Spreading positivity and social awareness through influencer marketing is an effective approach that builds trust and engagement for brands. But when these campaigns lack real substance, brands risk further alienation from their customers, writes INCA’s Arthur Altounian.
On April 22, scores of APAC influencers posted their greener lifestyle goals and dreams under the trending hashtag #EarthDay. Rallying against climate change and environmental destruction, these influencers revealed themselves as a source of clarity, education and inspiration for today’s generation. They command trust and respect among their audiences—but they also carry a heavy responsibility.
Today, influencers and brands that spread positive and activism-led messaging risk an audience backlash over claims of disingenuousness and woke-washing. It’s a fine line to tread for both influencers and marketers. However, for marketers prepared to put in the work, the long-term payoffs of socially conscious influencer campaigns far outweigh the risks.
Strength in storytelling
APAC audiences already have a strong awareness of climate action and a varying knowledge of initiatives like the UN’s sustainable development goals (SDGs).
However, awareness does not always translate into action, and this is where influencers help. Many widely-known APAC influencers use their gigantic followings to educate and challenge consumers over climate action. Stars like K-Pop talent BlackPink and Red Velvet, Singapore-based actress Nadya Hutgalung and Australian cricketer Pat Cummings play a key role in engaging audiences on subjects like renewable energy, ecology and plastic-free living.
Influencers’ key strength lies in storytelling; they draw on numerous and creative ideas to communicate effortlessly with their audiences without appearing sales-led or preachy. Followers are drawn to their content, niche interests, lifestyles and, above all, their supposed authenticity. After all, it’s content, not advertising that builds relationships.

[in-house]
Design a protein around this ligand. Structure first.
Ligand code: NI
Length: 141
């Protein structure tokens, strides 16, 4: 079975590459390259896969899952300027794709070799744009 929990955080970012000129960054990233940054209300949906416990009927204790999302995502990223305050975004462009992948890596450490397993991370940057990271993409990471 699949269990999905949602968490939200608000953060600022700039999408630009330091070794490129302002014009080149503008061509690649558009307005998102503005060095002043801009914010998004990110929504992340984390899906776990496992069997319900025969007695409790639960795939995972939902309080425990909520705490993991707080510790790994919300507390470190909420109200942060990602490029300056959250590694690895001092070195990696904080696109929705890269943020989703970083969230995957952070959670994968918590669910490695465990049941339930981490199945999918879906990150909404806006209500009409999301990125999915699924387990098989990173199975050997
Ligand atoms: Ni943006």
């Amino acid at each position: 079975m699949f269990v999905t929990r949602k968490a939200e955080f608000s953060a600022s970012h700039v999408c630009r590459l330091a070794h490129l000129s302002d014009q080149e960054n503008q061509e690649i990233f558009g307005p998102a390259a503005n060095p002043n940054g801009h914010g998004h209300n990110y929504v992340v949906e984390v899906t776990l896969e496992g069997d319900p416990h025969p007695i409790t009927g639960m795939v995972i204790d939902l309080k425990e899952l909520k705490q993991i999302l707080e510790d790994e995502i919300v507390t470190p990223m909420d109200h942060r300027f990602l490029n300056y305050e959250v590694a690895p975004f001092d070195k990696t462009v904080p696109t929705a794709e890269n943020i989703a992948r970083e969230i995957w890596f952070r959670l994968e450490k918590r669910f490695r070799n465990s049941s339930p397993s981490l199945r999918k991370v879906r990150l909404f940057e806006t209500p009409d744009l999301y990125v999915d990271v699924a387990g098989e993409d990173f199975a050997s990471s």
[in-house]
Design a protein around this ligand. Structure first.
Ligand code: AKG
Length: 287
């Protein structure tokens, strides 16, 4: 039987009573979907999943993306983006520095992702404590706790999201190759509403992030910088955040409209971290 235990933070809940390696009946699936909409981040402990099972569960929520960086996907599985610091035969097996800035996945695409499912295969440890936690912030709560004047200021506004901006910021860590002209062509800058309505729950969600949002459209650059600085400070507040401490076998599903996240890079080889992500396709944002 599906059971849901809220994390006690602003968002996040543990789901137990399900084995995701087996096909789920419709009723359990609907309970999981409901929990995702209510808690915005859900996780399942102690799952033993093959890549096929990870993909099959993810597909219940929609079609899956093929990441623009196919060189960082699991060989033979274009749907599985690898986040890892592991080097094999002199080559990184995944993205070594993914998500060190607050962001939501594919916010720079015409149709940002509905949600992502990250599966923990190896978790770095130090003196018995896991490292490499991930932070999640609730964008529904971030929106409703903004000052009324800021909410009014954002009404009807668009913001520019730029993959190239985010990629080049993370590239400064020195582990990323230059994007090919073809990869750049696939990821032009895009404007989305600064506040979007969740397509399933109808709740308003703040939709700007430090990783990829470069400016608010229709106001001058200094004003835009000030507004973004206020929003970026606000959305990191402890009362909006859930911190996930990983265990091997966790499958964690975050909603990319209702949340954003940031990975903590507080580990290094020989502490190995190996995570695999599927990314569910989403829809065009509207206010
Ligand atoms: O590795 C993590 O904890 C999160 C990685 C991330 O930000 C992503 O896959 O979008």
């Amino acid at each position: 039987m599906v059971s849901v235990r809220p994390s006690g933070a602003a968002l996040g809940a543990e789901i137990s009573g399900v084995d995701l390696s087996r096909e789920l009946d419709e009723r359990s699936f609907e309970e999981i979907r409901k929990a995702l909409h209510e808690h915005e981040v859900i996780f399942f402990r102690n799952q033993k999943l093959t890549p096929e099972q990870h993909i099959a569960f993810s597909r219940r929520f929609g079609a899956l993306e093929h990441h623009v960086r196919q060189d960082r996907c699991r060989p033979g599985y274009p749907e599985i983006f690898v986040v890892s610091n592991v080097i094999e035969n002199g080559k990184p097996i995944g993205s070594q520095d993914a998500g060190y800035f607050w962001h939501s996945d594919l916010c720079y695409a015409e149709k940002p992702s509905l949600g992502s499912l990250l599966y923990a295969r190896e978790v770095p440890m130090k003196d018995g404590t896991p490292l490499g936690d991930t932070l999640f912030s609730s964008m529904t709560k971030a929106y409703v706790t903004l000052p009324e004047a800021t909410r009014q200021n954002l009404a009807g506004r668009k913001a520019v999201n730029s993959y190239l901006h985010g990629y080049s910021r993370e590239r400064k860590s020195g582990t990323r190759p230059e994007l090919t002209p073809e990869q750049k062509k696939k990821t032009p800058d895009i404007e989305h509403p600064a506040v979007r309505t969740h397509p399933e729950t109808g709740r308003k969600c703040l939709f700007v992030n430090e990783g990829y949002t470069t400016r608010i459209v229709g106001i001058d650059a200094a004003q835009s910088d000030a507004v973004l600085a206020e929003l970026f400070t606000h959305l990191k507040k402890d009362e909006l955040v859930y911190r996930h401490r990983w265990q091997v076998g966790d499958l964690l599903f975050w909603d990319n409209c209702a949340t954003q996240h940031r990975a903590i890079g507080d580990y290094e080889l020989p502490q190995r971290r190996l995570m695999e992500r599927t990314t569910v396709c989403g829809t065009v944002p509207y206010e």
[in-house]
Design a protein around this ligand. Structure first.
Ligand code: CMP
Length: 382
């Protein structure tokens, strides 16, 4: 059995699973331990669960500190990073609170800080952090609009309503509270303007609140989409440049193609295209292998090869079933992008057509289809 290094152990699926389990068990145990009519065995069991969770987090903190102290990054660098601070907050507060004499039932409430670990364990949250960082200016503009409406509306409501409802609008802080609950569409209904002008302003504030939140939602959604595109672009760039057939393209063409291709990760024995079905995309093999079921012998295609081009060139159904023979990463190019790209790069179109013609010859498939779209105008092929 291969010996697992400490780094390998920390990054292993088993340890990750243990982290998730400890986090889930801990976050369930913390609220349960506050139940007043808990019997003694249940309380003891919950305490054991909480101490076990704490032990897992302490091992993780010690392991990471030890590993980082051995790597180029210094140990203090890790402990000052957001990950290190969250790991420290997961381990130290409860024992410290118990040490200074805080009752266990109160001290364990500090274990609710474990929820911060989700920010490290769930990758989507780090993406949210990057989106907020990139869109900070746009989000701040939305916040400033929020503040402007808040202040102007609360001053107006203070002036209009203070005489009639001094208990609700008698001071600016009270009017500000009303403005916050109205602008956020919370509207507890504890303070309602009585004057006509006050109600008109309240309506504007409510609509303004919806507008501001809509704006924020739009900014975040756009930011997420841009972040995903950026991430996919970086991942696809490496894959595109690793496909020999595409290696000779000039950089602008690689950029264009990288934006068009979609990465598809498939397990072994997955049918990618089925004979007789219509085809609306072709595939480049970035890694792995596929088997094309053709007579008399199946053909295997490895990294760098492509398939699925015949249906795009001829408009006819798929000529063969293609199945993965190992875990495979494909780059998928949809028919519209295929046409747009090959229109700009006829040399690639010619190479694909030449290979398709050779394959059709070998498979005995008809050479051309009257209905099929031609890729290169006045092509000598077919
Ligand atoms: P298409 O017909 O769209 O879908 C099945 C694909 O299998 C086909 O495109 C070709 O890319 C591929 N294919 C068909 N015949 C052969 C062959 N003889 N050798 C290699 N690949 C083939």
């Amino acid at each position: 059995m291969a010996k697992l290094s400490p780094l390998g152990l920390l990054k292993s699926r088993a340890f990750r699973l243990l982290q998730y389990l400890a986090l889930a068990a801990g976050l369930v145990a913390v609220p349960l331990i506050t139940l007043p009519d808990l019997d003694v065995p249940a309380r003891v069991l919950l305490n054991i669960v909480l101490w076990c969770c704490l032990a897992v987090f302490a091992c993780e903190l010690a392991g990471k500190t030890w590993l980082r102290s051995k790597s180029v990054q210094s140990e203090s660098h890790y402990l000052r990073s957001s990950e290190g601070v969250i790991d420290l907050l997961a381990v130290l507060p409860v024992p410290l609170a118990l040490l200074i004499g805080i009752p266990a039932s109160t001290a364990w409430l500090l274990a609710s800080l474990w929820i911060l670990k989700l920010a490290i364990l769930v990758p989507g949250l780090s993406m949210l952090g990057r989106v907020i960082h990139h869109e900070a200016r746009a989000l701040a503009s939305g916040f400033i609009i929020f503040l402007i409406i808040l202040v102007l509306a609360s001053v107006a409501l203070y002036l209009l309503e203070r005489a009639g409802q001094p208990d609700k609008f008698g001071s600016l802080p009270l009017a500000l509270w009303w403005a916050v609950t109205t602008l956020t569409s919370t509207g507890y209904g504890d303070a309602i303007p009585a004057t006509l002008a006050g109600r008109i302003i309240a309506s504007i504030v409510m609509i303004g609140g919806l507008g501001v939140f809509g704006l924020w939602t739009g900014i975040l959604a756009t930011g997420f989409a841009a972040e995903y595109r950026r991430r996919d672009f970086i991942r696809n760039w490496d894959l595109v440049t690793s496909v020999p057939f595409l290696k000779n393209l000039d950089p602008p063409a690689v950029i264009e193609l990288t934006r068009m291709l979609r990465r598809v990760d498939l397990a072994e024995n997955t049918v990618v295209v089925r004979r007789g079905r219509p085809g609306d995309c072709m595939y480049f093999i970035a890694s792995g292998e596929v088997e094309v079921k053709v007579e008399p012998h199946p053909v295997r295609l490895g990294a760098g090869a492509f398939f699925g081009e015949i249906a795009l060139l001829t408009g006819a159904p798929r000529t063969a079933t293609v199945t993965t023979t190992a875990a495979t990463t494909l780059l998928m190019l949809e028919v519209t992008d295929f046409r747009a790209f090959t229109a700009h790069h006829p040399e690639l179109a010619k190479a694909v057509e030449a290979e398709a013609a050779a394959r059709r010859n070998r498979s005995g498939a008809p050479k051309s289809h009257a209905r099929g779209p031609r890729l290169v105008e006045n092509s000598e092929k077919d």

Endorsements from influencers appear closer to peer recommendations than those from their celebrity counterparts. Influencers are therefore a natural fit for marketers promoting their brands’ SGD and climate action initiatives.
However, often this invaluable authenticity unravels when influencers begin working seriously with brands. This has been heightened over recent years with the emergence of ‘woke-washing’, a term applied to brands that cynically use progressive values in their advertising to score points with certain consumers.
Consumers are quick to spot anything they view as inauthentic or virtue-signalling, potentially spelling damaging ramifications for both the brand and influencer.
So how can brands in APAC avoid this? The first step is to use homegrown influencers or those with a strong local presence in each country, The second is to research an influencer’s background and posts in order to ensure alignment between a brand’s messaging and their social history.
Filipina-Australian actress Jasmine Curtis Smith, for example, has a long social media history of sustainability and anti-poverty advocacy. Indonesia’s Ayu Maulida, meanwhile, uses her platform to promote her non-government organisation #SenyumDesa (Smiling Village), which aims to provide education, healthcare, electricity access and internet access to remote areas.
This kind of research will help marketers avoid influencers who are an unnatural fit for their cause, thereby lessening the chances of a woke-washing backlash.
A selective approach
However, previous content is not the only criteria for selecting an influencer. Marketers need to be equally discerning over who they have posted for and how often. What has become apparent over the years in Asia is that many influencers might say ‘yes’ to any brand or organisation that offers them a deal without first determining if they are a good fit.
This has led to the perception that influencers are promiscuous and non-selective in who they choose to work with. Critics argue financial gain has become more important to an influencer than staying true to their own brand and their audience.
Indeed, influencers taking this approach are less credible and have a lower trust factor. On the flip side, influencers that truly care about their authenticity and audience relationships should evaluate every approaching brand or agency to ensure that their values are compatible with their niche. Consistency is key: influencers that continuously work with brands that align with their values, whether that’s social or environmental, will likely be a safe bet.
To make influencer diligence easier, brands can use data to identify both relevant trends, talking points and the right influencers with whom to promote these. Using data effectively will not only help target appropriate influencers but help bring a local touch to a global issue or campaign. Influencers have huge potential to make a tangible difference across an array of SDG issues in local Asia Pacific communities. With the right amount of research, discernment and local nuance, brands can likewise be part of that conversation, becoming a force for good to a new generation.
Arthur Altounian is vice president of client strategy and growth for APAC at GroupM’s INCA.
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